Speakers for the Spring 2022 Fazlur Rahman Khan Distinguished Lecture Series have been announced. The February lecture will be conducted virtually; the March and April events will be held in-person on campus and live-streamed via Zoom.     

The Khan Lecture Series, which is co-sponsored by the Departments of Civil and Environmental Engineering and Art, Architecture, and Design, honors Dr. Fazlur Rahman Khan's legacy of excellence in structural engineering and architecture. Civil and environmental engineering professor Dan M. Frangopol is the inaugural holder of the Fazlur Rahman Khan Endowed Chair of Structural Engineering and Architecture at Lehigh and the organizer of the lecture series.

Visit the FRK Lecture Series website for detailed information on this and past year's speakers, a history of Dr. Khan, and Zoom registration to attend the events virtually.

The Structural Engineering Institute-Lehigh Valley Chapter will be awarding 1 PDH credit for each lecture to eligible attendees.

2022 Spring Fazlur Rahman Khan Distinguished Lecture Series

Stephen J Ressler

STEPHEN J. RESSLER, Professor Emeritus, U.S. Military Academy (USMA) at West Point, NY; current President of the Lehigh Valley Section, American Society of Civil Engineers (ASCE); Bethlehem, PA

"The Ashtabula Bridge Disaster and the Advent of Civil Engineering Professionalism" Constructed in 1865, the 154-foot railroad truss bridge over the Ashtabula River in northeastern Ohio represented a unique and innovative response to the challenge of adapting traditional timber bridge-building techniques to a new and fundamentally different structural material—iron.  The Ashtabula Bridge served its purpose with minimal problems for eleven years.  But on the evening of December 29th, 1876, during a severe blizzard, the structure collapsed under the weight of a routine service loading—a passenger train pulled by two steam locomotives.  Tragedy then turned to unspeakable horror, as coal-fired heating stoves in the passenger coaches set the wreckage on fire.  Within minutes, many passengers who had survived the collapse perished in an uncontrollable blaze.  The official death toll was 92—but the actual number was probably much higher, because there was no reliable count of passengers on the train.  The Ashtabula Bridge disaster was America’s worst rail accident up until that time.  The event shocked the nation and prompted a rigorous response from the civil engineering professional community. In this lecture, we will examine the unique design of the Ashtabula Bridge, its troubled construction process, and the likely causes of the collapse.  We will also explore the surprising impact of this catastrophe on bridge design practice during a pivotal period when civil engineering was undergoing an important transition from a craft-based occupation to a profession.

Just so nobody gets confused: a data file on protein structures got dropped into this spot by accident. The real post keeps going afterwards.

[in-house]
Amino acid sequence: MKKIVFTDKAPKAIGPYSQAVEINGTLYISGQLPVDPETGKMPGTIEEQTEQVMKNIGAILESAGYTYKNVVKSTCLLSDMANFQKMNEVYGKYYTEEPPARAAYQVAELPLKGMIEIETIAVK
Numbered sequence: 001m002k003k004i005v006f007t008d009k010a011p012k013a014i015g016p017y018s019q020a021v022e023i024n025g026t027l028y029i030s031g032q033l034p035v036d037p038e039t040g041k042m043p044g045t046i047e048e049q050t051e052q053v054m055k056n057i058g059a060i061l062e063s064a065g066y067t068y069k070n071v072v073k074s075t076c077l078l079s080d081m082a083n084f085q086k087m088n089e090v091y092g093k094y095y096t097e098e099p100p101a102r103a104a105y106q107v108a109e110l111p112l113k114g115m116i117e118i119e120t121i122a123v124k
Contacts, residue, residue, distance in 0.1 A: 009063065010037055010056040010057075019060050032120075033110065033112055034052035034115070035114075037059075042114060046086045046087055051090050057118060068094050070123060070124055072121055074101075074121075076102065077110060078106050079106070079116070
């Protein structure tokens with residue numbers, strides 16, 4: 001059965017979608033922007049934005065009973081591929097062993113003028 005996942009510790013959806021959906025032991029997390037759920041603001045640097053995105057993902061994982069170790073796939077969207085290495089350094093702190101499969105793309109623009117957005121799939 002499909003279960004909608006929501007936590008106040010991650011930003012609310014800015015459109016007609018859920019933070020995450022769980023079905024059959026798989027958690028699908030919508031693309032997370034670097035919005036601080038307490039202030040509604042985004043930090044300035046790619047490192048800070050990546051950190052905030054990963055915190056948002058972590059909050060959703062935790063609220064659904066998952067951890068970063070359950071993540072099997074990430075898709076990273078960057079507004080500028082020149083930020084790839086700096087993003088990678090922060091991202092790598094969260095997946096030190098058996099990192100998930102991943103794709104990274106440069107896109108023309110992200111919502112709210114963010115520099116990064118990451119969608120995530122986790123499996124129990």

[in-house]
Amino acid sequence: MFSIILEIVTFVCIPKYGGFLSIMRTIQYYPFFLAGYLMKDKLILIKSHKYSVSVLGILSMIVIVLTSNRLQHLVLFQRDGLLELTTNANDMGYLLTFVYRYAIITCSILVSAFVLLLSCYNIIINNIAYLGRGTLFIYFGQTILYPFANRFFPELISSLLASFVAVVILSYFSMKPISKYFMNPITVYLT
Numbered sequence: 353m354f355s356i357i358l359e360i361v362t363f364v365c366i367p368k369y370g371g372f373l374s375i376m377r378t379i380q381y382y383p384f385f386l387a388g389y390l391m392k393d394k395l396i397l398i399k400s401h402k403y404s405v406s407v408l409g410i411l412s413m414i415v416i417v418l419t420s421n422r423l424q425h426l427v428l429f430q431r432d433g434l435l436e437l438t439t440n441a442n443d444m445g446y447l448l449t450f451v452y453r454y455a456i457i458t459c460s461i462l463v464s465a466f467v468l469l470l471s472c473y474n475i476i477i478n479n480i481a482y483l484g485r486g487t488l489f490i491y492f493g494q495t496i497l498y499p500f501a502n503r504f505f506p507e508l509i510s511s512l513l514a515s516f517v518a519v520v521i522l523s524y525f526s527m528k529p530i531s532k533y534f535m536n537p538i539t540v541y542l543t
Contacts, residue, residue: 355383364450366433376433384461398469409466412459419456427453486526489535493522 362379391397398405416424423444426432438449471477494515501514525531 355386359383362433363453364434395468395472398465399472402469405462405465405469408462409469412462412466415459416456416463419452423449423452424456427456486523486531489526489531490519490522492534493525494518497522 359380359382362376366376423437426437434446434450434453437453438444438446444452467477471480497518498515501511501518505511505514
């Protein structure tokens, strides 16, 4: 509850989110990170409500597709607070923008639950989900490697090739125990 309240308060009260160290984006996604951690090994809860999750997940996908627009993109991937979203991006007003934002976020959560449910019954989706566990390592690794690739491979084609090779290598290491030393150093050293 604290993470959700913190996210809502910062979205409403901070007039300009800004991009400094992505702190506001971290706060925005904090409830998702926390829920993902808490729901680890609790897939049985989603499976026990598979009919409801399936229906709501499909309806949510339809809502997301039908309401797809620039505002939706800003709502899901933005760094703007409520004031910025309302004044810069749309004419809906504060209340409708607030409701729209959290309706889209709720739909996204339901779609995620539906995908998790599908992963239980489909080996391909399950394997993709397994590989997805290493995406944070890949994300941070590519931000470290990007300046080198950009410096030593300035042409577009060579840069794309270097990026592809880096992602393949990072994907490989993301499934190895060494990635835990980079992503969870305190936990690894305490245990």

Friday, February 18, 2022– 4:30 pm

Lecture will be live streamed only

Register Now

MORE DETAILS available on Ressler's presentation. (PDF)

Adrian D Smith

ADRIAN D. SMITH, Partner, Adrian Smith + Gordon Gill Architecture, Chicago, IL

"Supertall Towers + Green Cities" Adrian D. Smith, FAIA is one of the first American architects to design supertall buildings internationally. During his 50+-year career, his work has shown an evolving interest in the use of vernacular and indigenous forms and compositions together with state-of-the-art systems and technologies to integrate new buildings into the regional context. As a leading expert on the advanced technology of supertall towers and their impact on cities, this talk will explore projects that have effectively reduced negative environmental impacts, while simultaneously improving the overall quality of life in the city. His talk will feature major international projects including the Burj Khalifa, Jeddah Tower, and plans for a self-sustaining satellite city in China. 

Friday, March 25, 2022 – 4:30 pm

Location: Whitaker Lab 303, Lehigh University,

5 E. Packer Avenue, Bethlehem, PA

Lecture will also be live streamed, please register for link

Register Now

MORE DETAILS availalable on Smith's presentation. (PDF)

MITSUYOSHI AKIYAMA

MITSUYOSHI AKIYAMA, Professor and Chair of the Department of Civil & Environmental Engineering, Waseda University, Tokyo, Japan

"Increasing the Resilience of Highway Bridges Under Multiple Hazards Including Earthquake, Tsunami, Corrosion and Climate Change" After recent large earthquakes, such as the 2011 Great East Japan earthquake and 2016 Kumamoto earthquake, field investigations confirmed that several bridges were severely damaged and collapsed not only due to the earthquake, but also to the subsequent tsunami, landslide or fault displacement. In addition, long-term material deterioration might have an important impact on structural damage to bridges. Therefore, it is important to study multiple hazards and their effects on the reliability, risk and resilience of bridges and bridge networks. Although earthquake is still a dominant hazard to bridges in many earthquake-prone countries, a life-cycle reliability and risk approach has to consider all hazards causing bridge failure during the structure’s lifetime including climate change effect. Such an approach is presented in this lecture. In addition, issues on how to ensure the reliability, reduce the risk and enhance the resilience of bridges and bridge networks under multiple hazards are discussed. Finally, the concepts and methods presented are illustrated on both individual bridges and bridge networks.

Friday, April 29, 2022 – 4:30 pm

Location: Whitaker Lab 303, Lehigh University,

5 E. Packer Avenue, Bethlehem, PA

Lecture will also be live streamed, please register for link

Register Now

MORE DETAILS availalable on Akiyama's presentation. (PDF)